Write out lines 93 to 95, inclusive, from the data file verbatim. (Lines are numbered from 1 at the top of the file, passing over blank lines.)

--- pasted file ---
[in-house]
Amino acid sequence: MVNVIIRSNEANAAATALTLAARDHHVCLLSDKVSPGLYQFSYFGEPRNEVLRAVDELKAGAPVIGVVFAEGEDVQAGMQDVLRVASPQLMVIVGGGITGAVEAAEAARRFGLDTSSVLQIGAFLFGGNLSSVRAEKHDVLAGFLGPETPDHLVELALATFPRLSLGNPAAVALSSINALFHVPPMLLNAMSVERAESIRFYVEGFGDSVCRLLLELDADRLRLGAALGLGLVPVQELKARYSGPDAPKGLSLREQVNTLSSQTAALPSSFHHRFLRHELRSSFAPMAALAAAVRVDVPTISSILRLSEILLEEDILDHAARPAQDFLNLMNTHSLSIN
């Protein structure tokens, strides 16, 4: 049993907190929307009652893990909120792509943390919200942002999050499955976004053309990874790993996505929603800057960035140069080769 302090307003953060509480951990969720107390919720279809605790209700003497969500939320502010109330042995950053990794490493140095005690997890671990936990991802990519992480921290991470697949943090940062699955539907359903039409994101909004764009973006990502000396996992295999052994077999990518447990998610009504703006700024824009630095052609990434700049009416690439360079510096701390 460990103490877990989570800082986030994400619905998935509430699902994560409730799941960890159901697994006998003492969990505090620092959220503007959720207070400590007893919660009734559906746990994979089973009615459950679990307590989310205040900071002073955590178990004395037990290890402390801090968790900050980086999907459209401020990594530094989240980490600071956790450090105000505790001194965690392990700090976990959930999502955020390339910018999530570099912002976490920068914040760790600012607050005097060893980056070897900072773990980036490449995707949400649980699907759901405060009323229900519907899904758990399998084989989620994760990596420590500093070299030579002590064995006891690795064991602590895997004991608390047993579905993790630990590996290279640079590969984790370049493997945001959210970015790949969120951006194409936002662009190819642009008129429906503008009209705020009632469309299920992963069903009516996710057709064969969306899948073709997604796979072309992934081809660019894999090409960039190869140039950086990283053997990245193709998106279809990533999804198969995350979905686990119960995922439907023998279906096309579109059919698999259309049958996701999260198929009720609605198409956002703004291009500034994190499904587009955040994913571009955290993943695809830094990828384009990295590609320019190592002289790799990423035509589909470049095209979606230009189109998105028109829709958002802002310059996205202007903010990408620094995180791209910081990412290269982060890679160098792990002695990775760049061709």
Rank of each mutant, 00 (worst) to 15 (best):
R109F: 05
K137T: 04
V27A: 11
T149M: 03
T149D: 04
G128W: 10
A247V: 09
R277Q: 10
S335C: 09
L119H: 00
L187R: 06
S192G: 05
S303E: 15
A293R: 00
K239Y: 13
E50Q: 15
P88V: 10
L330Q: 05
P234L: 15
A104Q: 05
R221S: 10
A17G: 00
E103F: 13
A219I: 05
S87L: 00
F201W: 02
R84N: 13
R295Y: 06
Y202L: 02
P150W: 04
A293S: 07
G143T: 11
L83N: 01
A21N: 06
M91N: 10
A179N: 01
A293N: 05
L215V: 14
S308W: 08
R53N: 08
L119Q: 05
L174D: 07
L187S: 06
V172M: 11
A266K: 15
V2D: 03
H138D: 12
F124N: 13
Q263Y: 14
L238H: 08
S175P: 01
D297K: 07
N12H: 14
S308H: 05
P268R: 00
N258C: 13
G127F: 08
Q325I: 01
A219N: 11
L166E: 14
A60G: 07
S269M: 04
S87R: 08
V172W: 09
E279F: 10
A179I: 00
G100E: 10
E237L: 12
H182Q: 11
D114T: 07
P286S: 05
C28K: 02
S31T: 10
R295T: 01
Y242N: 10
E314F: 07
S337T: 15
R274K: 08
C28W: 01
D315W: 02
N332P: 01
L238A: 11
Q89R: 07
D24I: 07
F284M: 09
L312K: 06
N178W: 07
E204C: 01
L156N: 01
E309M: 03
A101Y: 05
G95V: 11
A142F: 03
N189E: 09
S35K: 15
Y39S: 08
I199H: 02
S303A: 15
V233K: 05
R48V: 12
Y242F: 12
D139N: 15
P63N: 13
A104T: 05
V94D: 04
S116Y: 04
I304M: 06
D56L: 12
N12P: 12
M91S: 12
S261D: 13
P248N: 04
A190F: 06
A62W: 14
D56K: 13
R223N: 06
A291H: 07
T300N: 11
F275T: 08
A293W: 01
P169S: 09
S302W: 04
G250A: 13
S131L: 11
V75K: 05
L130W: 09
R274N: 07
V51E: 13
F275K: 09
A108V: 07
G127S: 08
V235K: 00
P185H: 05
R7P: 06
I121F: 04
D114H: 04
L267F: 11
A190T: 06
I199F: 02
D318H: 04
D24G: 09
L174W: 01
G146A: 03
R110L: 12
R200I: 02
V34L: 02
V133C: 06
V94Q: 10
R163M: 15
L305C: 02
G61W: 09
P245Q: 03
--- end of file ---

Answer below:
L156N: 01
E309M: 03
A101Y: 05